O’Neill first gained access to the six story building in 1993, four years after it closed to guests. By then an occasional film set and police training site, the artist proceeded to shoot its empty rooms, banquet halls, rusty bathrooms and rundown corridors. While there was no fixed script, the technical planning was elaborate, ensuring that actors could be added at a later stage and look consistent with the environment. The artist returned in 2000 with a larger crew, but still without a script—character styling, lighting and plot were arranged spontaneously. Some of the analogue equipment used in the former process was transplanted by emerging digital tools, adding technical challenges and unforeseen opportunities. The new scenes were eventually combined with the older footage in post-production to create the original version of The Decay of Fiction.  

Debuting in 2002 at the New York Film Festival, this single-channel version is, in O’Neill’s words, “essentially two films which take place simultaneously, one of them an essay on a specific urban location at a particular time; the other a body of storytelling and fantasy which are woven around this location and through its spaces.”1 The early footage—quiet rooms recorded with a static, time-lapse camera where the only movement is that of the earth itself, seen through moving shadows—forms an ethereal backdrop to the actors, filmed in real time years later. Their translucent appearance, a byproduct of the layering process, bestows them a ghost-like presence as they populate the banquet halls and gardens, clean the beds, prep the kitchen and exchange muted dialogues. Frequent views of narrow kitchen passages subtly reference the Kennedy assassination, which happened after he took a back exit following his ballroom speech—O’Neill has noted that the specter of the tragic event “unsolved in the opinion of many…clung to the site [with] an almost overwhelming aura of sadness.”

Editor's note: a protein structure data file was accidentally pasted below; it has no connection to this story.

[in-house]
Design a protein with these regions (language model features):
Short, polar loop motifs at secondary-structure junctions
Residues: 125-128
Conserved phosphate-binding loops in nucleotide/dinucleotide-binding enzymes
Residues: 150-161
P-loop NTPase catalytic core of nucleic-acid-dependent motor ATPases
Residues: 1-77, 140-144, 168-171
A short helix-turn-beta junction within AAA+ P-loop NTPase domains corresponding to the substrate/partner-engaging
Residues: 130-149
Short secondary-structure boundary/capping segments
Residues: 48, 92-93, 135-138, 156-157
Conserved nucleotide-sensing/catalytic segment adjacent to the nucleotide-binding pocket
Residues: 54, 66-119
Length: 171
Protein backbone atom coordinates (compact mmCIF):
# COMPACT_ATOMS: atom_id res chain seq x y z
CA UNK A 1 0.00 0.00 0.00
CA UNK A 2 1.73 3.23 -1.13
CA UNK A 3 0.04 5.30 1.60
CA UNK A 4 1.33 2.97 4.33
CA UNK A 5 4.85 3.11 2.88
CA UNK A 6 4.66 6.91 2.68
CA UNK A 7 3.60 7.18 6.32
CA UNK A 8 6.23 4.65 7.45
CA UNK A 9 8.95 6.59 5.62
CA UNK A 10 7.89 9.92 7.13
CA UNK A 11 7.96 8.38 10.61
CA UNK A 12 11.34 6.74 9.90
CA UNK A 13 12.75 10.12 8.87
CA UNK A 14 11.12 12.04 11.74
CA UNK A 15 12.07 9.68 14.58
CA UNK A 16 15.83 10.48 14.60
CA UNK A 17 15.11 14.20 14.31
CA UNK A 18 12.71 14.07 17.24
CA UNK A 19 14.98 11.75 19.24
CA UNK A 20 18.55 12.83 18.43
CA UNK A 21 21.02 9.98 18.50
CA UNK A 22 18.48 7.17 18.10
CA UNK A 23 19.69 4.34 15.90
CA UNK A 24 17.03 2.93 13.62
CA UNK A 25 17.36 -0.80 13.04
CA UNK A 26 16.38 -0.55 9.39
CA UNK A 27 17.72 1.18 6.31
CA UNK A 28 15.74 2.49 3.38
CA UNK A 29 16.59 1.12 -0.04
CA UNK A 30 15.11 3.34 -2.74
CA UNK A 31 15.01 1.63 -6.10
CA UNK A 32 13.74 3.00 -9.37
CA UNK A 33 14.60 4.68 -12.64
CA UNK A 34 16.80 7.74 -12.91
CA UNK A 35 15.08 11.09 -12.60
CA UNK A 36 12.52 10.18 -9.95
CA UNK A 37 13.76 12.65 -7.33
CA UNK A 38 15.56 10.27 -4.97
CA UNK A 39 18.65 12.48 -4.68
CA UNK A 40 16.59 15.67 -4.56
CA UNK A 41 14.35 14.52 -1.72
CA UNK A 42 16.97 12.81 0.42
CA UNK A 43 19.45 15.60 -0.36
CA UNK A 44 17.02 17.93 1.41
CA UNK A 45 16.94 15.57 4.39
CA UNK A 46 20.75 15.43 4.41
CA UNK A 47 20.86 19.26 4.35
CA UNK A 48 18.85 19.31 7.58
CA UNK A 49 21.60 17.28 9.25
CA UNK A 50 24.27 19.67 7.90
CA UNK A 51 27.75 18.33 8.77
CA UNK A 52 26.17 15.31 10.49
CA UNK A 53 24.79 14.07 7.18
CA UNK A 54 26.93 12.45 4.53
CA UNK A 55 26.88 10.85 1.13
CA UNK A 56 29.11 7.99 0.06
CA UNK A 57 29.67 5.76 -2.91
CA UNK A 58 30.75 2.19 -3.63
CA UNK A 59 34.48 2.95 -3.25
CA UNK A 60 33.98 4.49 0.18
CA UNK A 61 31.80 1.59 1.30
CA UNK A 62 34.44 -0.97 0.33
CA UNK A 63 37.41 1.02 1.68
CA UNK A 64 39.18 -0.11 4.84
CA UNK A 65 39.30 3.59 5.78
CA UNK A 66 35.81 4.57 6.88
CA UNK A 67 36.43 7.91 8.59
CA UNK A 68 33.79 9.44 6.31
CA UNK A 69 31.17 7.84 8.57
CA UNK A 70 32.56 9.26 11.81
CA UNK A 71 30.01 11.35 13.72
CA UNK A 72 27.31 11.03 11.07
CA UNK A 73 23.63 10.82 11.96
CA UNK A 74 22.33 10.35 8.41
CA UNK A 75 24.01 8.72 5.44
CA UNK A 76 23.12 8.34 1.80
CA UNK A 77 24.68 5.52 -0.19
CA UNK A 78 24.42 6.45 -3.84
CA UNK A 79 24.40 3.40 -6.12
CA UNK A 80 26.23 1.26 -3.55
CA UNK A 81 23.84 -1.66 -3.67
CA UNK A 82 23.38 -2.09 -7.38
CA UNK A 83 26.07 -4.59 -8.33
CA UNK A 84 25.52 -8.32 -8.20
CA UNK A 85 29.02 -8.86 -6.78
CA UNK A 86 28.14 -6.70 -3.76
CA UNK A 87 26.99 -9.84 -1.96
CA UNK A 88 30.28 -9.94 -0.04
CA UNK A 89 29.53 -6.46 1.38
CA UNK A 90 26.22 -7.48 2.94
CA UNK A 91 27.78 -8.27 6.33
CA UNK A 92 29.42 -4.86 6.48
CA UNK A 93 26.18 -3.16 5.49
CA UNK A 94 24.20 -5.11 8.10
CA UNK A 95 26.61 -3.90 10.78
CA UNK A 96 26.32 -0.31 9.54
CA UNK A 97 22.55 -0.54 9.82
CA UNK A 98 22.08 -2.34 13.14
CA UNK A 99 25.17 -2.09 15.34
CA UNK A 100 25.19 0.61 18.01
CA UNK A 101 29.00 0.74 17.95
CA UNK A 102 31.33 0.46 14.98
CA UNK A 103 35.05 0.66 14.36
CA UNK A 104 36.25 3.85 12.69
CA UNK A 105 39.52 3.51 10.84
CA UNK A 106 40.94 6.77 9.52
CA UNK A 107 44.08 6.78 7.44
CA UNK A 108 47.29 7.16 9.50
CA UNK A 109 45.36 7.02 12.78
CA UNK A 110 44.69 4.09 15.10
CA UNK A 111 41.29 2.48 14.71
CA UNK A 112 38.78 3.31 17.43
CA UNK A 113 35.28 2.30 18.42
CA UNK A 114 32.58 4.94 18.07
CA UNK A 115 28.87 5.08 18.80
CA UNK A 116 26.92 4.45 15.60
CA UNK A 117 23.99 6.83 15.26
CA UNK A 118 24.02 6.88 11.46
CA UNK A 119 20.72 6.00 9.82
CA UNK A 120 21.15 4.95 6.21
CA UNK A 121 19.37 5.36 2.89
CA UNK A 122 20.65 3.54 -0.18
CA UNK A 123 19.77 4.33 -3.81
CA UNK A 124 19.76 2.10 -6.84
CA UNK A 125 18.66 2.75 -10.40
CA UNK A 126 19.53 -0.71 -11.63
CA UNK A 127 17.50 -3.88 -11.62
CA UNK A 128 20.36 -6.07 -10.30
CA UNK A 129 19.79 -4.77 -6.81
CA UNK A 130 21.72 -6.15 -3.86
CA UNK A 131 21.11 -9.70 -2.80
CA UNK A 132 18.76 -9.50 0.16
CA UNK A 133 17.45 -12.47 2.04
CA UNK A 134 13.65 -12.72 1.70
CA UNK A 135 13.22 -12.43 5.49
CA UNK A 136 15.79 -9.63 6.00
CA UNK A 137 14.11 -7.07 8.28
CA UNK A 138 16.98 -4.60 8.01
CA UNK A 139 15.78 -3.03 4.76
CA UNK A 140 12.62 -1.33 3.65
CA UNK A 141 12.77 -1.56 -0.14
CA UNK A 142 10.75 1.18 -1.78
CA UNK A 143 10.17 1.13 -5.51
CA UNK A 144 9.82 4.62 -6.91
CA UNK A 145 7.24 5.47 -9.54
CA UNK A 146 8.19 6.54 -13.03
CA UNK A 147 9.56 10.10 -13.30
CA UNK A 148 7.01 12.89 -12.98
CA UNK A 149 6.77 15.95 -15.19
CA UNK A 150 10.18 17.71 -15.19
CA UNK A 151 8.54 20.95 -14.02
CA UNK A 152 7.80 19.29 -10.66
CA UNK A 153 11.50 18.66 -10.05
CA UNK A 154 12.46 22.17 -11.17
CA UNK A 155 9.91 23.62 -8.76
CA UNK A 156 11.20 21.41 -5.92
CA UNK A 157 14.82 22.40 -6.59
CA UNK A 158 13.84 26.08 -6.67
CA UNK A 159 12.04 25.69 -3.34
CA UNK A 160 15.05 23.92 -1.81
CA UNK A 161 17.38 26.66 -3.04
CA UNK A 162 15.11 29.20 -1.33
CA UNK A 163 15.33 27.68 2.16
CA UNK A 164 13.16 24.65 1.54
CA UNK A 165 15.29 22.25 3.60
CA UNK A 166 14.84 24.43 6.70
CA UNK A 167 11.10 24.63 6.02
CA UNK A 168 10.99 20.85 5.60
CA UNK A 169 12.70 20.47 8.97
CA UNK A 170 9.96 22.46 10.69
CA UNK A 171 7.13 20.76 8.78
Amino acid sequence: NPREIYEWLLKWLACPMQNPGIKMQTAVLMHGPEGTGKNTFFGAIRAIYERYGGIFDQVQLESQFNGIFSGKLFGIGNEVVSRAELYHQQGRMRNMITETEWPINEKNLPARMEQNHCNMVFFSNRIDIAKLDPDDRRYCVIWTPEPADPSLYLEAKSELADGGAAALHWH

For the five-channel presentation, O’Neill has rearranged the film into distinct components across which settings and actors recur alongside special effects such as animations and split screens. Set to an unremitting soundscape of moving traffic and birds, they offer an almost hallucinogenic amalgamation of now and then, and real and imagined. Their simultaneous unfolding offers further permutations of the composite imagery, eliminating for good any possibility of a linear narrative.  

A portrait of an architectural site facing imminent demolition, the multichannel installation embodies a hybrid genre where history and artifice coexist. Through its layered approach to documentation and collective memory, The Decay of Fiction honors the Ambassador Hotel as its own purveyor of fictions: a site for the production of illusions that, as O’Neill notes, “sometimes provided [people] with respite from their real lives, allowed fantasies to be developed and nurtured, and taught lessons about how to be human.”